Repetition Aids Learning, or Does It?

   How often have you repeated the Lord’s Prayer? You can’t even take a wild guess, can you? Neither can I.  People around the world have memorized and paid homage to these words countless times. To what end?  Let’s be honest with ourselves. When we recite this familiar prayer, what do we expect?  A lasting impact? Probably not. At least, this has been true for me, until recently.

The disciples had watched and heard Jesus pray many times. Yet, prayer must have been an enigma to them. So what did they do? They asked the Rabbi to teach them to pray. (Luke 11:1)  However, I don’t think Jesus intended His teaching model to become a mere ritual, do you?

Over the past number of weeks, I’ve been studying what is commonly called The Lord’s Prayer. (Matthew 6:5-15) I’d love for you to join me as we examine the significance of Jesus’ teaching on how to pray.

First, prayer is relational, not a performance. Jesus had just warned the disciples not to pray like the hypocrites. It seems to me He is saying the difference between praying relationally, and performing is:

  • praying to an audience of One vs. “playing” to an audience of many,
  • hypocrisy vs. sincerity,
  • praying from the heart vs. the head,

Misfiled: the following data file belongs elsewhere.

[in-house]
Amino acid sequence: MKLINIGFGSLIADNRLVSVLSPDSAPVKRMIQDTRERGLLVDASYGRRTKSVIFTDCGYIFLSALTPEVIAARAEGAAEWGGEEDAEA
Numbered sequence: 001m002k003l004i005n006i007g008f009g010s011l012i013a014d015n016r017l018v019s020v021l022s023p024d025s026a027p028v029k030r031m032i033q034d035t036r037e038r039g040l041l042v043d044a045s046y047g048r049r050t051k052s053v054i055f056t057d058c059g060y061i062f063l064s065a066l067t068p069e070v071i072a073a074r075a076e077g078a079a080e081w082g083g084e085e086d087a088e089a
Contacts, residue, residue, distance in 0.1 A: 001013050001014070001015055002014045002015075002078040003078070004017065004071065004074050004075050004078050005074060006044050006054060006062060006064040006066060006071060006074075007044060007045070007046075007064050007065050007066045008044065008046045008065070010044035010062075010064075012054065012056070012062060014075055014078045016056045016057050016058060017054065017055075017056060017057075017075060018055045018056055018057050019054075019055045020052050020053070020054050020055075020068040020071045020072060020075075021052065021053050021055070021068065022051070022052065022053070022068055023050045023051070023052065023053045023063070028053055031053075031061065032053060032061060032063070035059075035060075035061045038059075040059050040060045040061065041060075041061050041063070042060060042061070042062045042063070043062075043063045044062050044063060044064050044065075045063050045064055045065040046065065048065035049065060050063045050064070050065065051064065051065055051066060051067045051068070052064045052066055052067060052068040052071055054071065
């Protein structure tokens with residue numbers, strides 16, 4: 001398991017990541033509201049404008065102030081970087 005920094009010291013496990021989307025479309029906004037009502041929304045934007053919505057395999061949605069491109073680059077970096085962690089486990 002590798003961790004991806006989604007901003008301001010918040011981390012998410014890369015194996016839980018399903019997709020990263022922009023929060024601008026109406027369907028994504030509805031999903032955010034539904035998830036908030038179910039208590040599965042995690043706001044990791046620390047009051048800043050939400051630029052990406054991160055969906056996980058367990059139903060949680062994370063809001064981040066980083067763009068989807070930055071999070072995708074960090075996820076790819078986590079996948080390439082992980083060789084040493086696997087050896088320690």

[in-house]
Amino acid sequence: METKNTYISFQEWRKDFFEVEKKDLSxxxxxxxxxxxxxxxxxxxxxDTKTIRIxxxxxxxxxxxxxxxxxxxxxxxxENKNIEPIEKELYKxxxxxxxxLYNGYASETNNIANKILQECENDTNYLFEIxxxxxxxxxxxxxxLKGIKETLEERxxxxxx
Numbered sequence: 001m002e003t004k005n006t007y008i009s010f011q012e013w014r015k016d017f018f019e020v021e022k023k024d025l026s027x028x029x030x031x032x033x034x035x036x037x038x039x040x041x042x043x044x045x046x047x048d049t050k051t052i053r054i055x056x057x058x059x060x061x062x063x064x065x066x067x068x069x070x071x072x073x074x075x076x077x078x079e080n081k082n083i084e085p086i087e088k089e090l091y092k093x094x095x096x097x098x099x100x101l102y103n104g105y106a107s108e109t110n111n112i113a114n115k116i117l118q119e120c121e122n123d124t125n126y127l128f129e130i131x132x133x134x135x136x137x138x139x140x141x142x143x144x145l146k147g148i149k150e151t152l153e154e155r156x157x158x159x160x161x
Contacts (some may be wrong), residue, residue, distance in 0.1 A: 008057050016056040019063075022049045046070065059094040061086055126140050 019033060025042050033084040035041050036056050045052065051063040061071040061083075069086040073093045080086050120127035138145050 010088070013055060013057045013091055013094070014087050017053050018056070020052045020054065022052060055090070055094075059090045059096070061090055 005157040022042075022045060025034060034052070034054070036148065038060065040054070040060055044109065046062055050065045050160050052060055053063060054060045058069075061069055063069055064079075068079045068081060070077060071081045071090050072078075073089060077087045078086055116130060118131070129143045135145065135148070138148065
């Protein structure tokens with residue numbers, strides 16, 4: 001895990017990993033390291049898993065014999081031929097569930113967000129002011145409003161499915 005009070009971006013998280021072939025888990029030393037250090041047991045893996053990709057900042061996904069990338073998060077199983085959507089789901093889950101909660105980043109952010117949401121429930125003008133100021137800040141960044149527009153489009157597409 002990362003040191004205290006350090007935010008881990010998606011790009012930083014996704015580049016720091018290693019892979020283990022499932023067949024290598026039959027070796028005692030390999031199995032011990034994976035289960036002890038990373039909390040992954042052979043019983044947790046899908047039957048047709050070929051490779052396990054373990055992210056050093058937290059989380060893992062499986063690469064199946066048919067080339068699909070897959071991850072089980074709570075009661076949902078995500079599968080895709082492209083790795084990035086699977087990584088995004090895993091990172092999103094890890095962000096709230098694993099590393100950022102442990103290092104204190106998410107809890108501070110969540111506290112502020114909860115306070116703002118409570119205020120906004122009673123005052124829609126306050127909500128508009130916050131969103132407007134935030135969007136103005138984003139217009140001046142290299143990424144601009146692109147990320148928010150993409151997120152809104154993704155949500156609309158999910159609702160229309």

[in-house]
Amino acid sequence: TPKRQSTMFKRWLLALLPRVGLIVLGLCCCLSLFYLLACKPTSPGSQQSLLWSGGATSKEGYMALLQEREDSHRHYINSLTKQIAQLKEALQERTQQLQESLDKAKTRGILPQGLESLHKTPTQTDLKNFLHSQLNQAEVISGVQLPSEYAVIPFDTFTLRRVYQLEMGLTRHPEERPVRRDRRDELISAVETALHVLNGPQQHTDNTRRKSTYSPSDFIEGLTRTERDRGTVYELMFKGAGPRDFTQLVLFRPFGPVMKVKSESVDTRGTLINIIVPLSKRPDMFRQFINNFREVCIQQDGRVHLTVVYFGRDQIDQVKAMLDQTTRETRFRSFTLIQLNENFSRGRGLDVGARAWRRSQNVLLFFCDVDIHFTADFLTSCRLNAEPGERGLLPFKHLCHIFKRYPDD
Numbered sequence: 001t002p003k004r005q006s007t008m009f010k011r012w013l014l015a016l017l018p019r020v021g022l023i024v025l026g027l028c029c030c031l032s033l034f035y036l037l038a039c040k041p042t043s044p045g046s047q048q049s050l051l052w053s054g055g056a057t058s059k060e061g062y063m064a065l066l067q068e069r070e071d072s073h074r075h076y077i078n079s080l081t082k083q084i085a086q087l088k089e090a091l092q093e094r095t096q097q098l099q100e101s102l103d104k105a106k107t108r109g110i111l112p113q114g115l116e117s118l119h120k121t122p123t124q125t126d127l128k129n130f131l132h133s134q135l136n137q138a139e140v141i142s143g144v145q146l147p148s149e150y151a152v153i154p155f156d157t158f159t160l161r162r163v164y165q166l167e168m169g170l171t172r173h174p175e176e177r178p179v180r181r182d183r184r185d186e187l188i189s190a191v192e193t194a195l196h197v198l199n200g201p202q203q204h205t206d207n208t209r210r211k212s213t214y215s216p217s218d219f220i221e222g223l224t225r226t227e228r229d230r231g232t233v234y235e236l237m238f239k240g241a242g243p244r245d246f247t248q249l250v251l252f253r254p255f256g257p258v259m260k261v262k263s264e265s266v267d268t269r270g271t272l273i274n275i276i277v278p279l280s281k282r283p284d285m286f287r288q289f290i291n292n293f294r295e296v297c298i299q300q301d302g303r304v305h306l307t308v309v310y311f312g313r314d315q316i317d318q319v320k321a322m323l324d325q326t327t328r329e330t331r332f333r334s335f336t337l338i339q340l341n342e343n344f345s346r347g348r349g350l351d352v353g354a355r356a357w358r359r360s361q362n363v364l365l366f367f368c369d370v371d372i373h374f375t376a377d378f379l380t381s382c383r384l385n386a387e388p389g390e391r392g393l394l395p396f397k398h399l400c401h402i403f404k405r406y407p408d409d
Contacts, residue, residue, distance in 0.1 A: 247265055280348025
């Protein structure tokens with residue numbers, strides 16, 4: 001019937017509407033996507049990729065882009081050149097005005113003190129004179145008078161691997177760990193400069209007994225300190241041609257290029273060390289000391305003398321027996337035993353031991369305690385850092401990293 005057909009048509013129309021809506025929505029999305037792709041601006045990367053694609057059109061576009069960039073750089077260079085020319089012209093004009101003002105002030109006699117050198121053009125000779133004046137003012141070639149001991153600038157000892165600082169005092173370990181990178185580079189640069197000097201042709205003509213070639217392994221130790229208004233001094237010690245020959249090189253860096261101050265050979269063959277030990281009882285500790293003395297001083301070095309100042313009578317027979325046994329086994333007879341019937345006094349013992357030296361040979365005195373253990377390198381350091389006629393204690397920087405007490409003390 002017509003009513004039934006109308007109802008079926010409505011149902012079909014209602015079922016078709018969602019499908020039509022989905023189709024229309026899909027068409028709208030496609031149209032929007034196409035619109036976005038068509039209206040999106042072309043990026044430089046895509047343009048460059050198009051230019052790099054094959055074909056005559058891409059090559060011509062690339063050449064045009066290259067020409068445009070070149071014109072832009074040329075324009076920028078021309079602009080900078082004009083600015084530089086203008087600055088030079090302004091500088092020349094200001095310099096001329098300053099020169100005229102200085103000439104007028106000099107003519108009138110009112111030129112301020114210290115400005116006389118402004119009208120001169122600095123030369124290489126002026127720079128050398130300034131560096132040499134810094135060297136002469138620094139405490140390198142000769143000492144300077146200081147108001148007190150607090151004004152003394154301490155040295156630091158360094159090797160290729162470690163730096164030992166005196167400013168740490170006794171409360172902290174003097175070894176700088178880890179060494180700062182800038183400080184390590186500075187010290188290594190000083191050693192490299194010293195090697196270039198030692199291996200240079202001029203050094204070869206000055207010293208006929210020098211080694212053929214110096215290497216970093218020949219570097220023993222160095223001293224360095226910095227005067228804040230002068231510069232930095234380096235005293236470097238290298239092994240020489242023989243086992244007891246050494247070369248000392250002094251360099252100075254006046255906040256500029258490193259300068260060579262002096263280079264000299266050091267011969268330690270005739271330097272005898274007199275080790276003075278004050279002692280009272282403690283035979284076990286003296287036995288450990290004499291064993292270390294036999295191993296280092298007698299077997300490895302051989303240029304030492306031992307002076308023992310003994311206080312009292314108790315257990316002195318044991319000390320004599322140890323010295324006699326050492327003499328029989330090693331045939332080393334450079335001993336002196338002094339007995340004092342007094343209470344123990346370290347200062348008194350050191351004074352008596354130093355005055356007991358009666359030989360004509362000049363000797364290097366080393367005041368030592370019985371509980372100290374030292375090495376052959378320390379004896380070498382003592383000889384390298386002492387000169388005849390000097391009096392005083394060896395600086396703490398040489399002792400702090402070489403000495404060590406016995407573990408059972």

• babbling nonsense vs. connecting with God
  • seeking self-gratification vs. pleasing our Heavenly Father.

The Lord’s Prayer is the ultimate example of relational praying. Why? Because it focuses on the persona of the One to whom we pray. The timing of Jesus’ teaching in relation to Gethsemane can not go unnoticed. Surely, He was preparing His disciples for their greatest test ever concerning prayer.  

Jesus didn’t take all the disciples into the “bowels” of Gethsemane. Instead, He chose Peter, James, and John to support Him in His darkest hour. It proved to be their Gethsemane, as well as His. Sadly enough, the disciples failed their Gethsemane test.

As believers, we’ve been called to live the “crucified” life. (Galatians 2:20) Do you suppose we may also be called to face our own Gethsemanes? This is why it’s so important for us to learn from the Master Teacher. In Matthew 11:29, He says, “Take my yoke upon you and learn from Me.” Learn what? how to turn a burden into a blessing.

In My Utmost for His Highest, Oswald Chambers says, “The burden that God places on us squeezes the grapes in our lives and produces the wine . . . .”

With this in mind, our goal is two-fold for the next few weeks. First, for God to transform our understanding of the Lord’s Prayer. Second, that it will no longer be a rote exercise. Instead, we will embrace the profound teaching Jesus intended it to be. 

Perhaps our study time will prepare us to face our own Gethsemanes, not somehow but triumphantly!


2 Responses to “Repetition Aids Learning, or Does It?”
  1. claire says:

    Liz, I was starting my own mediation on the Lord’s prayer this week – so I’m grateful for your article.

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